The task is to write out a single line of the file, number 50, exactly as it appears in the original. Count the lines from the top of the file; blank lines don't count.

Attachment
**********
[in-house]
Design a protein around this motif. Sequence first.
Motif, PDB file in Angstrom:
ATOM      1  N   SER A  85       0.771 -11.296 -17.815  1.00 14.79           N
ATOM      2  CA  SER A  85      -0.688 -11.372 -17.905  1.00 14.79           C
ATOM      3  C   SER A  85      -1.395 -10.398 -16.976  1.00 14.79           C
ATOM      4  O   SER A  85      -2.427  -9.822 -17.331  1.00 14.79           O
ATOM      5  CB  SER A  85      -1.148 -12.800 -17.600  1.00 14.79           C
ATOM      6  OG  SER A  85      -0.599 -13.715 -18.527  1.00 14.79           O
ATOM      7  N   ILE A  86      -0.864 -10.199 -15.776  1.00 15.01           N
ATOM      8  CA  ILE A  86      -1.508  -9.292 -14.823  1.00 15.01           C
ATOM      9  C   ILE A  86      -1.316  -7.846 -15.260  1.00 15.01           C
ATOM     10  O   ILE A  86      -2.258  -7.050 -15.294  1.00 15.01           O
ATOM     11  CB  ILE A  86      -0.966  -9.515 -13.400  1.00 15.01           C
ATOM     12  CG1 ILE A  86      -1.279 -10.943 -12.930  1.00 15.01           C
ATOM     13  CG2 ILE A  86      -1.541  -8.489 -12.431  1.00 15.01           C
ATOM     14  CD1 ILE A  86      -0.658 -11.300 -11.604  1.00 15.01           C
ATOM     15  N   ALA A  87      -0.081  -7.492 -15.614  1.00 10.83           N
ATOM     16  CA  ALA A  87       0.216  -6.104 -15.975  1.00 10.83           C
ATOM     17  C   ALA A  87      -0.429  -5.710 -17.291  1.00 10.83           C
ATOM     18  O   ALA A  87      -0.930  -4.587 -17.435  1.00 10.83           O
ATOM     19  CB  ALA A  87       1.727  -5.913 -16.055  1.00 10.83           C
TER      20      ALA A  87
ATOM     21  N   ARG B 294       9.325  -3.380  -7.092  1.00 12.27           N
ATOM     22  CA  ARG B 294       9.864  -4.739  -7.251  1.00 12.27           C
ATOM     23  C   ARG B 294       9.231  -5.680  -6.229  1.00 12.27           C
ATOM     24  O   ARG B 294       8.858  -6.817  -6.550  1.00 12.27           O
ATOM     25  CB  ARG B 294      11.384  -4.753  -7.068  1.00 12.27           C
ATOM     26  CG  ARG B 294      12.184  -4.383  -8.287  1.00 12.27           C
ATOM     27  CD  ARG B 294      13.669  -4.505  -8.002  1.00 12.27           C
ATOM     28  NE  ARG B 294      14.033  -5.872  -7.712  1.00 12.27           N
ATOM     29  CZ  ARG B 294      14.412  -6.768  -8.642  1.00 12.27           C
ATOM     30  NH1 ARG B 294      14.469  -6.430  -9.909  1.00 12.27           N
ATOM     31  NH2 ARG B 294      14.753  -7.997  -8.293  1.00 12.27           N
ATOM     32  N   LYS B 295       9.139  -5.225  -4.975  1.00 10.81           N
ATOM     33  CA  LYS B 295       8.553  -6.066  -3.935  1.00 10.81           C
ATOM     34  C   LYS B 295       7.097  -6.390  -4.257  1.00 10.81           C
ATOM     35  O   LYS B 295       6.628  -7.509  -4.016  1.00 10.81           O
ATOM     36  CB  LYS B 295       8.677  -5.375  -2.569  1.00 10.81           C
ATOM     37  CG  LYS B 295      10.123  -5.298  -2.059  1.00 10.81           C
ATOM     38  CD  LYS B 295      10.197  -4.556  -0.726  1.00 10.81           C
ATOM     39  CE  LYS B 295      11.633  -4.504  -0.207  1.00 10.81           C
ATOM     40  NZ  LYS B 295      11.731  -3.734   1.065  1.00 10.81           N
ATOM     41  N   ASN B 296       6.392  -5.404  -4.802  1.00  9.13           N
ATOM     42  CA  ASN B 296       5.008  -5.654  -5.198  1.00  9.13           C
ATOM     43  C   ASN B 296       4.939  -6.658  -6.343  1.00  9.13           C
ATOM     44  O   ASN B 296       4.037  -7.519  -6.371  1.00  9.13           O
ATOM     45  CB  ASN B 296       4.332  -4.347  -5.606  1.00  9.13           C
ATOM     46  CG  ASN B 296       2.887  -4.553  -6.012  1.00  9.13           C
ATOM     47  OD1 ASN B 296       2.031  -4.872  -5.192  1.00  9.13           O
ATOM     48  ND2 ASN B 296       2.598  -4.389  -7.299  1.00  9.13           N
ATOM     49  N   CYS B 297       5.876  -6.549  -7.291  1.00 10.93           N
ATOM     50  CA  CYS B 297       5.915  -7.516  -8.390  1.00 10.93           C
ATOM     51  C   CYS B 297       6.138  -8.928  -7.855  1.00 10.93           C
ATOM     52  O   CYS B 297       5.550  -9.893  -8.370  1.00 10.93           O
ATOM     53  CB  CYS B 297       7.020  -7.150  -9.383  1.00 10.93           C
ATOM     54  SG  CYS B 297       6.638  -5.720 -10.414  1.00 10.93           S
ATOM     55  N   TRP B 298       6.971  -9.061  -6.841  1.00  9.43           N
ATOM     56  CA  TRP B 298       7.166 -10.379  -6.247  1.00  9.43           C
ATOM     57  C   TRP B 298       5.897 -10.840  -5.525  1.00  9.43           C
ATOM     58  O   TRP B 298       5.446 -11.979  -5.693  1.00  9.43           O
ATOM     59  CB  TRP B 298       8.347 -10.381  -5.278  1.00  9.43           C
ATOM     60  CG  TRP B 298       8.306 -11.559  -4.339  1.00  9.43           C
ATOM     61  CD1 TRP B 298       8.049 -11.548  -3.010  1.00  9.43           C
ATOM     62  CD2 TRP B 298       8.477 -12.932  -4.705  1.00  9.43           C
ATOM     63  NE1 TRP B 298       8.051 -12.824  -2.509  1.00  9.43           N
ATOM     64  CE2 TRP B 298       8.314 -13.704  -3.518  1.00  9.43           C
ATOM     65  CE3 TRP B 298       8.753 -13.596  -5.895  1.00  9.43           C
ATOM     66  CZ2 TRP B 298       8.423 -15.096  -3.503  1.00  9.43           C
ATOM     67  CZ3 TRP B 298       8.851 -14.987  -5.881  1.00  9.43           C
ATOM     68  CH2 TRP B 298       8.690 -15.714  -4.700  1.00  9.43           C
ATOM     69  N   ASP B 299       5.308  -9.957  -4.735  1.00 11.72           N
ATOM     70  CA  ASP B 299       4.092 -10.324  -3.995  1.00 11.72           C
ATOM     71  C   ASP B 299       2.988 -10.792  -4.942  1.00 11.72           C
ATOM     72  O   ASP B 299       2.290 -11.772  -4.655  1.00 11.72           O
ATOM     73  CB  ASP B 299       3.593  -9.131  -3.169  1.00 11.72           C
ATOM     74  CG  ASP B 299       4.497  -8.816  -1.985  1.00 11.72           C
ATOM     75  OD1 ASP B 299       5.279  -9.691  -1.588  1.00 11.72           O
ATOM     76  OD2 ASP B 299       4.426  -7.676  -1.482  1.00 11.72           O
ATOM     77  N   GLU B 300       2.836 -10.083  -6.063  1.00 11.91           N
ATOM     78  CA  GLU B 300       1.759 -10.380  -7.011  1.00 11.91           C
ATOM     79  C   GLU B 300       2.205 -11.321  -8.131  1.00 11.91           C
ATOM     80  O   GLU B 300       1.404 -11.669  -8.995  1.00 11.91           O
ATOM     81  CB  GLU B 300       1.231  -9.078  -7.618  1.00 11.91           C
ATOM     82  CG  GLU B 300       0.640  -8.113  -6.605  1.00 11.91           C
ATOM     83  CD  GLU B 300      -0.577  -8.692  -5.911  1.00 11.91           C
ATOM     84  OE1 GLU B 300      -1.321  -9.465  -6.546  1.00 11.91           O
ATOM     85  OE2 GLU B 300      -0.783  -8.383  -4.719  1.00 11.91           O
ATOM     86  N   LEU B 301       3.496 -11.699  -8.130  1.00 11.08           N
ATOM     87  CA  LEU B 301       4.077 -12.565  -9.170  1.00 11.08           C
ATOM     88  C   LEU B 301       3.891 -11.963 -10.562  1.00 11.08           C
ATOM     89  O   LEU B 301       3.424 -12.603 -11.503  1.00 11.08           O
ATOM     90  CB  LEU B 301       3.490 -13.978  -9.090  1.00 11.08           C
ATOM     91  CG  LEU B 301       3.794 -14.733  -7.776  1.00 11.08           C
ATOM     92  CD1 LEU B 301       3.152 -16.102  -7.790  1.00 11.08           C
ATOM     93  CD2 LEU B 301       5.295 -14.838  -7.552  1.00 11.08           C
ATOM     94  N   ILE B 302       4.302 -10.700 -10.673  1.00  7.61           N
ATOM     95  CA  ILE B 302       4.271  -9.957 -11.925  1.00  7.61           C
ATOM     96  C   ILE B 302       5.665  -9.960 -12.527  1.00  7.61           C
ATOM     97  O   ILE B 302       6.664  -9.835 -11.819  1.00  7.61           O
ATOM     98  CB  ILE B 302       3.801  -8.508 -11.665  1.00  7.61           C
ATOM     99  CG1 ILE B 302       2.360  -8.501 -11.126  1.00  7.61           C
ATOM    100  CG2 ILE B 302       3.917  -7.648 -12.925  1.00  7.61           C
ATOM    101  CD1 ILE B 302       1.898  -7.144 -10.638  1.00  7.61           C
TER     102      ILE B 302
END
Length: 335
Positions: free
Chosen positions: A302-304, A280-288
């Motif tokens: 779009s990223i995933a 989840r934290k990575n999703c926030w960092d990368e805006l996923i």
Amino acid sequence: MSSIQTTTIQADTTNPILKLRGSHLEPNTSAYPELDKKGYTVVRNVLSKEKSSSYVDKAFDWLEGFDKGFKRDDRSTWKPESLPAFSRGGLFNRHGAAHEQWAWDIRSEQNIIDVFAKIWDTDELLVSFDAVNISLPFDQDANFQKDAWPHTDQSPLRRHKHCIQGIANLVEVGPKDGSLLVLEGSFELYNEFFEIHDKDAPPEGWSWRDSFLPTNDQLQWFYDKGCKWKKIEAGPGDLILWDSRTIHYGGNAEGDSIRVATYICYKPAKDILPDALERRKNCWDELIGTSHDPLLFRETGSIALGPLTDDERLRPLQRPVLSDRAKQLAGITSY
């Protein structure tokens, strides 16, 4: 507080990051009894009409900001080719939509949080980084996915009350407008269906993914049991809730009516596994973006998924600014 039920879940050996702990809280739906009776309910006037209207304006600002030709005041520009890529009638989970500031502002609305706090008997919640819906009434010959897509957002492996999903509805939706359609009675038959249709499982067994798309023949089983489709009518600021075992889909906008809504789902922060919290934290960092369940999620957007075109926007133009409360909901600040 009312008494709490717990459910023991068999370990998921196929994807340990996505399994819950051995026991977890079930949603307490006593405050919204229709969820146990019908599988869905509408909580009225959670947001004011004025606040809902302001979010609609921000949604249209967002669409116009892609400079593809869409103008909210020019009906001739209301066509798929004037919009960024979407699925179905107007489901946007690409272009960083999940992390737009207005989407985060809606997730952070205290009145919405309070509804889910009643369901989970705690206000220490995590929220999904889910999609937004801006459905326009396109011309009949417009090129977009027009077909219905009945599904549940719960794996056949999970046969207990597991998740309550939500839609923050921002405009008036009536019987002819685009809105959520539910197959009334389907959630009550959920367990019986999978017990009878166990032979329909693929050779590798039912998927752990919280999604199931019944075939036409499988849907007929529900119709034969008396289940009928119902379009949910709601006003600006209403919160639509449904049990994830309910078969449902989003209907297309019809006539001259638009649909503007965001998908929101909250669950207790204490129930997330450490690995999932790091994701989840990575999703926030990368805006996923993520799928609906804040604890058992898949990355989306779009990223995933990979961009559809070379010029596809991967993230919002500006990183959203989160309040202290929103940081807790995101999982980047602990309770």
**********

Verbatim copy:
ATOM     47  OD1 ASN B 296       2.031  -4.872  -5.192  1.00  9.13           O